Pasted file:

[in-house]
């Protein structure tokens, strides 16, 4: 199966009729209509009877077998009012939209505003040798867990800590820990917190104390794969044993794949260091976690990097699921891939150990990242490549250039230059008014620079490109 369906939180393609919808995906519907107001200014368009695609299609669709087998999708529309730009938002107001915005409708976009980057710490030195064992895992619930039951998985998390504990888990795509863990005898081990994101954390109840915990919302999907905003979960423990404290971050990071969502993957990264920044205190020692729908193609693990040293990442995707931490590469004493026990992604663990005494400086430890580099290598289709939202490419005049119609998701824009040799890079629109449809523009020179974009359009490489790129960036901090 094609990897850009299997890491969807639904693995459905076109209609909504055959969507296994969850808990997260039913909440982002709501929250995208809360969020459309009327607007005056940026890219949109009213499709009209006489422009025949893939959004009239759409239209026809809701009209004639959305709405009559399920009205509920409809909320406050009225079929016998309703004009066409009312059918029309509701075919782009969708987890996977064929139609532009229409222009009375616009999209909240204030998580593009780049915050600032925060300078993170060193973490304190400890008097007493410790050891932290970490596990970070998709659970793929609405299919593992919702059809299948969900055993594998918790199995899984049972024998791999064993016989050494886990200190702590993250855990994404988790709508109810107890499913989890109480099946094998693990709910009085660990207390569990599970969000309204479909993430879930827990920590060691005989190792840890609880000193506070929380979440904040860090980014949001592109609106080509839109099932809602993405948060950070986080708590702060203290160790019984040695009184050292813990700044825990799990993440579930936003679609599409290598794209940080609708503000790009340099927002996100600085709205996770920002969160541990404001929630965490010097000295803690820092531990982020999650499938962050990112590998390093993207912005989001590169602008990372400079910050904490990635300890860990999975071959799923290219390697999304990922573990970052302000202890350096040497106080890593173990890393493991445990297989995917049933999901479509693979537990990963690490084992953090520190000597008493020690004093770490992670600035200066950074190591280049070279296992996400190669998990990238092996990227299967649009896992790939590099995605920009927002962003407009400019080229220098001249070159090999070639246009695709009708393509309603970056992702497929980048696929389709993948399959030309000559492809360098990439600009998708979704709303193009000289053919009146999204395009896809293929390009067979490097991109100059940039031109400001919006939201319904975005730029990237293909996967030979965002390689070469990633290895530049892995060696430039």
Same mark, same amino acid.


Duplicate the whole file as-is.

[in-house]
């Protein structure tokens, strides 16, 4: 199966009729209509009877077998009012939209505003040798867990800590820990917190104390794969044993794949260091976690990097699921891939150990990242490549250039230059008014620079490109 369906939180393609919808995906519907107001200014368009695609299609669709087998999708529309730009938002107001915005409708976009980057710490030195064992895992619930039951998985998390504990888990795509863990005898081990994101954390109840915990919302999907905003979960423990404290971050990071969502993957990264920044205190020692729908193609693990040293990442995707931490590469004493026990992604663990005494400086430890580099290598289709939202490419005049119609998701824009040799890079629109449809523009020179974009359009490489790129960036901090 094609990897850009299997890491969807639904693995459905076109209609909504055959969507296994969850808990997260039913909440982002709501929250995208809360969020459309009327607007005056940026890219949109009213499709009209006489422009025949893939959004009239759409239209026809809701009209004639959305709405009559399920009205509920409809909320406050009225079929016998309703004009066409009312059918029309509701075919782009969708987890996977064929139609532009229409222009009375616009999209909240204030998580593009780049915050600032925060300078993170060193973490304190400890008097007493410790050891932290970490596990970070998709659970793929609405299919593992919702059809299948969900055993594998918790199995899984049972024998791999064993016989050494886990200190702590993250855990994404988790709508109810107890499913989890109480099946094998693990709910009085660990207390569990599970969000309204479909993430879930827990920590060691005989190792840890609880000193506070929380979440904040860090980014949001592109609106080509839109099932809602993405948060950070986080708590702060203290160790019984040695009184050292813990700044825990799990993440579930936003679609599409290598794209940080609708503000790009340099927002996100600085709205996770920002969160541990404001929630965490010097000295803690820092531990982020999650499938962050990112590998390093993207912005989001590169602008990372400079910050904490990635300890860990999975071959799923290219390697999304990922573990970052302000202890350096040497106080890593173990890393493991445990297989995917049933999901479509693979537990990963690490084992953090520190000597008493020690004093770490992670600035200066950074190591280049070279296992996400190669998990990238092996990227299967649009896992790939590099995605920009927002962003407009400019080229220098001249070159090999070639246009695709009708393509309603970056992702497929980048696929389709993948399959030309000559492809360098990439600009998708979704709303193009000289053919009146999204395009896809293929390009067979490097991109100059940039031109400001919006939201319904975005730029990237293909996967030979965002390689070469990633290895530049892995060696430039």
Same mark, same amino acid.